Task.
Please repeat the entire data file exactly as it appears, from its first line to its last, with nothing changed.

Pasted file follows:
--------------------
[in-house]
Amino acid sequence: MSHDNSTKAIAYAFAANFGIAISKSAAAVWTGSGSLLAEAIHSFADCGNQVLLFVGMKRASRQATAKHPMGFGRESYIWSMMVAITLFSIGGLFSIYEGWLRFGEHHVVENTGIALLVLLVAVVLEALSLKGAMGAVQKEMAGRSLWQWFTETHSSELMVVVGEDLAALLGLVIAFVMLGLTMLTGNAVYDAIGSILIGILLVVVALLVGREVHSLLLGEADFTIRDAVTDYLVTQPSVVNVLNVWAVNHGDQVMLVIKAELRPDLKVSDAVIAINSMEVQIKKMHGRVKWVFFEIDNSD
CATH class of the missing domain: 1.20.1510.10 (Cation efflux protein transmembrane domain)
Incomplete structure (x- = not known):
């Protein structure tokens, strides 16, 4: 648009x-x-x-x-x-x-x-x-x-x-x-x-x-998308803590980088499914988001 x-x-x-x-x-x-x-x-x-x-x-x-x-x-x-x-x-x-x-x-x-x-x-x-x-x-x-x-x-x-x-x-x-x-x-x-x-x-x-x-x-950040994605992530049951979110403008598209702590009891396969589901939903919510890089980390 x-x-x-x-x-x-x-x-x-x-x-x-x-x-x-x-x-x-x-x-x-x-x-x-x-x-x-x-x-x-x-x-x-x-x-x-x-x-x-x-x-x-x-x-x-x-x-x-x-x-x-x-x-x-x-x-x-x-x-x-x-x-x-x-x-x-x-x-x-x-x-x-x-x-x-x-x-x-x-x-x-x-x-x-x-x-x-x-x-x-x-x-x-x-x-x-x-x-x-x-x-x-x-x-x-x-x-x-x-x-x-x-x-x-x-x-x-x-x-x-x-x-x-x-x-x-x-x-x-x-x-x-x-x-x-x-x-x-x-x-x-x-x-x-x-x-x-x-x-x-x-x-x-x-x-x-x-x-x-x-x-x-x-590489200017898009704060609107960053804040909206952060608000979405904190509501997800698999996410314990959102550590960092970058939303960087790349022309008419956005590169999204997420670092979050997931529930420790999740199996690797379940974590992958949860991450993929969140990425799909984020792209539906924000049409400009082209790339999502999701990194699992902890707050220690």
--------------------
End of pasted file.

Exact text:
[in-house]
Amino acid sequence: MSHDNSTKAIAYAFAANFGIAISKSAAAVWTGSGSLLAEAIHSFADCGNQVLLFVGMKRASRQATAKHPMGFGRESYIWSMMVAITLFSIGGLFSIYEGWLRFGEHHVVENTGIALLVLLVAVVLEALSLKGAMGAVQKEMAGRSLWQWFTETHSSELMVVVGEDLAALLGLVIAFVMLGLTMLTGNAVYDAIGSILIGILLVVVALLVGREVHSLLLGEADFTIRDAVTDYLVTQPSVVNVLNVWAVNHGDQVMLVIKAELRPDLKVSDAVIAINSMEVQIKKMHGRVKWVFFEIDNSD
CATH class of the missing domain: 1.20.1510.10 (Cation efflux protein transmembrane domain)
Incomplete structure (x- = not known):
């Protein structure tokens, strides 16, 4: 648009x-x-x-x-x-x-x-x-x-x-x-x-x-998308803590980088499914988001 x-x-x-x-x-x-x-x-x-x-x-x-x-x-x-x-x-x-x-x-x-x-x-x-x-x-x-x-x-x-x-x-x-x-x-x-x-x-x-x-x-950040994605992530049951979110403008598209702590009891396969589901939903919510890089980390 x-x-x-x-x-x-x-x-x-x-x-x-x-x-x-x-x-x-x-x-x-x-x-x-x-x-x-x-x-x-x-x-x-x-x-x-x-x-x-x-x-x-x-x-x-x-x-x-x-x-x-x-x-x-x-x-x-x-x-x-x-x-x-x-x-x-x-x-x-x-x-x-x-x-x-x-x-x-x-x-x-x-x-x-x-x-x-x-x-x-x-x-x-x-x-x-x-x-x-x-x-x-x-x-x-x-x-x-x-x-x-x-x-x-x-x-x-x-x-x-x-x-x-x-x-x-x-x-x-x-x-x-x-x-x-x-x-x-x-x-x-x-x-x-x-x-x-x-x-x-x-x-x-x-x-x-x-x-x-x-x-x-x-590489200017898009704060609107960053804040909206952060608000979405904190509501997800698999996410314990959102550590960092970058939303960087790349022309008419956005590169999204997420670092979050997931529930420790999740199996690797379940974590992958949860991450993929969140990425799909984020792209539906924000049409400009082209790339999502999701990194699992902890707050220690």